Software engineers are tech’s rising stars, according to Pathrise. Can you get in on the growth?

“The tech industry desperately needs software engineers,” says Kevin Wu, co-founder and CEO of career accelerator Pathrise. “Companies may struggle to find software engineers to meet the rising demand.” Data curves seem to smile on software engineers. By 2028, software employment is projected to grow 21%. That’s quadruple the national average. Software engineering remains one of the most rewarding and well-rewarded roles in the tech industry–the future seems almost alarmingly bright. 

According to Glassdoor, the average salary for software engineers is $92k. The average software engineer salary on AngelList is $91k, which includes startup jobs. While software engineers usually hold a bachelor’s degree or higher, 27% have no degree at all! Google Jobs, Indeed, and Linkedin all host thousands of software engineering job listings from top tech companies like Google, Facebook, Apple, and more. The lesser-known job board feature on Github and Stack Overflow can also be a great place to find software engineering positions. Smaller startups also hire on AngelList and VentureLoop. For aspiring software engineers seeking remote jobs, We Work Remotely hosts virtual work opportunities. 

Want to hack the software engineering job search? Get a referral. Referred candidates are almost 15 times more likely to land a software engineering job. Nearly 80% of recruiters reported that referrals were their number one source of hires. One way job seekers get referrals is by asking alumni from their college or bootcamp. Alumni databases often list graduates’ employers, making research even easier. Networking with current employees via LinkedIn can sometimes work, but warm leads like alumni will be more likely to say yes.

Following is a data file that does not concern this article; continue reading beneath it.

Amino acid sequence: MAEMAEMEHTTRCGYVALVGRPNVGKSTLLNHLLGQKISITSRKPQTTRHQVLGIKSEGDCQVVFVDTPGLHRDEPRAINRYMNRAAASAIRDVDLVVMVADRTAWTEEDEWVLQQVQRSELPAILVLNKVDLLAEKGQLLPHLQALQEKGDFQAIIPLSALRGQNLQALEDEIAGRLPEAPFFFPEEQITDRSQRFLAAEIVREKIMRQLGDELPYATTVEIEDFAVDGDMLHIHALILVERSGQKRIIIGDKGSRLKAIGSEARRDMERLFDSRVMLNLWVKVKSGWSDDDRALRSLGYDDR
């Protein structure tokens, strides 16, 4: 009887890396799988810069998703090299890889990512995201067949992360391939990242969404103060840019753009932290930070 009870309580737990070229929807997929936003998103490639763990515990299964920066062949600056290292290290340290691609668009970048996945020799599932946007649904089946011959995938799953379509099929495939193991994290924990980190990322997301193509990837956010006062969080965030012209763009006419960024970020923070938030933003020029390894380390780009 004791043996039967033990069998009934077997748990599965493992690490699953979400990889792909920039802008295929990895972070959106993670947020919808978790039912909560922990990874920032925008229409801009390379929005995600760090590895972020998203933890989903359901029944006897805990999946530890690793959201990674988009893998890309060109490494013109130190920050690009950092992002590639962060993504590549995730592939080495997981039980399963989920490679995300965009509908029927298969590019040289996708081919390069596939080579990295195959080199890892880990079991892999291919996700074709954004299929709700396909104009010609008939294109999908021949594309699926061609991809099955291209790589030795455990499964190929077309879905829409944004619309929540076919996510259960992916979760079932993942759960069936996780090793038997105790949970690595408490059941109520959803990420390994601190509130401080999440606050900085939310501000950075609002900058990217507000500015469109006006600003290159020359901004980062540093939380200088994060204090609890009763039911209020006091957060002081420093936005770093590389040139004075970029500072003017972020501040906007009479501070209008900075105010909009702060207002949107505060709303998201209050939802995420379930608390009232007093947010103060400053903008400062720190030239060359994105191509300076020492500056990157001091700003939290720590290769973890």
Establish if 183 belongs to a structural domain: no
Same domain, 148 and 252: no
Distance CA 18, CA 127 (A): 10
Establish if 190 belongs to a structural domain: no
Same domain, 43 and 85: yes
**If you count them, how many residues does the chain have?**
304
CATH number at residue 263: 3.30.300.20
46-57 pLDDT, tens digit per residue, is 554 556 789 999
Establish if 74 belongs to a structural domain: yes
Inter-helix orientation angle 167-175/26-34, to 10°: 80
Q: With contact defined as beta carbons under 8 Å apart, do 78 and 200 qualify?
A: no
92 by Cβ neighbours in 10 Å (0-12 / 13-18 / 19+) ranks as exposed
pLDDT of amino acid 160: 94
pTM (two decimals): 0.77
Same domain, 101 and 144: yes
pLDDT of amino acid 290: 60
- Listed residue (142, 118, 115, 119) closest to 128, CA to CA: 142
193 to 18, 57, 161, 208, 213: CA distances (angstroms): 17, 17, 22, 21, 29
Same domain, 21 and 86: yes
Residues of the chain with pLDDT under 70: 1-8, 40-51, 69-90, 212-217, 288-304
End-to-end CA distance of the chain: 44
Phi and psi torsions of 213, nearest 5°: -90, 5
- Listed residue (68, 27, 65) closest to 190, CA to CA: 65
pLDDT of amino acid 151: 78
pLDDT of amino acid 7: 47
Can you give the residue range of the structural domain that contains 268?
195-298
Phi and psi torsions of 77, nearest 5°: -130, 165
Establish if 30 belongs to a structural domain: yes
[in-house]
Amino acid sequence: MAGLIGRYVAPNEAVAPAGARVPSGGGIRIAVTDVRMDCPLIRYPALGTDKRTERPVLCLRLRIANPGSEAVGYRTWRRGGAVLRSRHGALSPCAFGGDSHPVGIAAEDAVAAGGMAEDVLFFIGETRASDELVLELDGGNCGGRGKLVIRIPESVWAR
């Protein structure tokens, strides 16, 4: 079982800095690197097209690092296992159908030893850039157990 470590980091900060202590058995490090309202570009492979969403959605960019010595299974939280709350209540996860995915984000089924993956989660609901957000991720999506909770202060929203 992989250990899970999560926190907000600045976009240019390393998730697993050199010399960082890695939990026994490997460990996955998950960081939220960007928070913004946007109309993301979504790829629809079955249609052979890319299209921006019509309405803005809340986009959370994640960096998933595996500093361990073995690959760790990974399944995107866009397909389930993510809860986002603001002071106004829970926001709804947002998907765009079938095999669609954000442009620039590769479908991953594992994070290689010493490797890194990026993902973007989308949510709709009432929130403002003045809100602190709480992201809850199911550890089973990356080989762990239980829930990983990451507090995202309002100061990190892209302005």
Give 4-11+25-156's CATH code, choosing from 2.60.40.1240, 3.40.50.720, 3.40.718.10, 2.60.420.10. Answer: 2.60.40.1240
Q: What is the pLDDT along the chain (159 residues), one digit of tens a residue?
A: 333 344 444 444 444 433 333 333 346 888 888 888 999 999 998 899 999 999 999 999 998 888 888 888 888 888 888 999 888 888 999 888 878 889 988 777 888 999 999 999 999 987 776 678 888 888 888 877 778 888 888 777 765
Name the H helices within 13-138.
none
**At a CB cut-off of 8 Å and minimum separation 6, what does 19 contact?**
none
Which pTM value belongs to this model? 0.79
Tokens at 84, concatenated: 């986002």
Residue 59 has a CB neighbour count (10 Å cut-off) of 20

Referral or no referral, without a strong resume, candidates won’t get an interview. The best resumes explain experiences in “story” format with quantified results rather than a simple list. For example, “Accomplished X by implementing Y which led to Z” sounds so much more driven than “Implemented Y”. Recruiters spend less than 30 seconds on each resume. Application tracking systems (ATS) spend milliseconds. Resumes that include keywords from the job listing stand a better chance at avoiding the slush pile. Finally, candidates should showcase 2-4 portfolio projects, prioritizing projects completed outside of classes.

Candidates should prepare for two types of interviews: behavioral and technical. To ace behavioral interviews, aspiring software engineers should research the company. Study their product, values, and history. Like the skill section of a resume, candidates who present themselves in line with specific phrases from a company’s values will stand out.

The first step to acing technical interviews is to master a single programming language. Companies care about software, not the language used for the code. Mastering a single language is infinitely more useful than being shaky on many. Successful candidates often choose a straightforward language with pre-built convenient functions, like Python or Java. Complex languages like C may make things more difficult than they need be. While candidates can learn whatever language they want, technical interview question topics will definitely require knowledge of the following: hash tables, linked lists, breadth-first search, depth-first search, quicksort, merge sort, binary search, 2D arrays, dynamic arrays, binary search trees, dynamic programming, and Big-O analysis.

Interviewers want to see how candidates think. Get comfortable debugging and explaining thoughts aloud, so interviews can follow along. Solutions with explanations get more points. Even wrong answers with thoughtful explanations get more points than awkward silence.

The job search doesn’t end with an offer letter. After a pat on the back and a sigh of relief, aspiring software engineers move on to the final phase: negotiation. They compare the proposed salary to salaries at similar companies and then negotiate based on what’s standard. For offer letters from startups or small companies, salaries start lower, so aspiring software engineers should negotiate salary unless the offer explicitly forbids it. If the offer came from a top tech company and already offers a competitive salary, asking for equity changes or signing bonuses will be the best bet.


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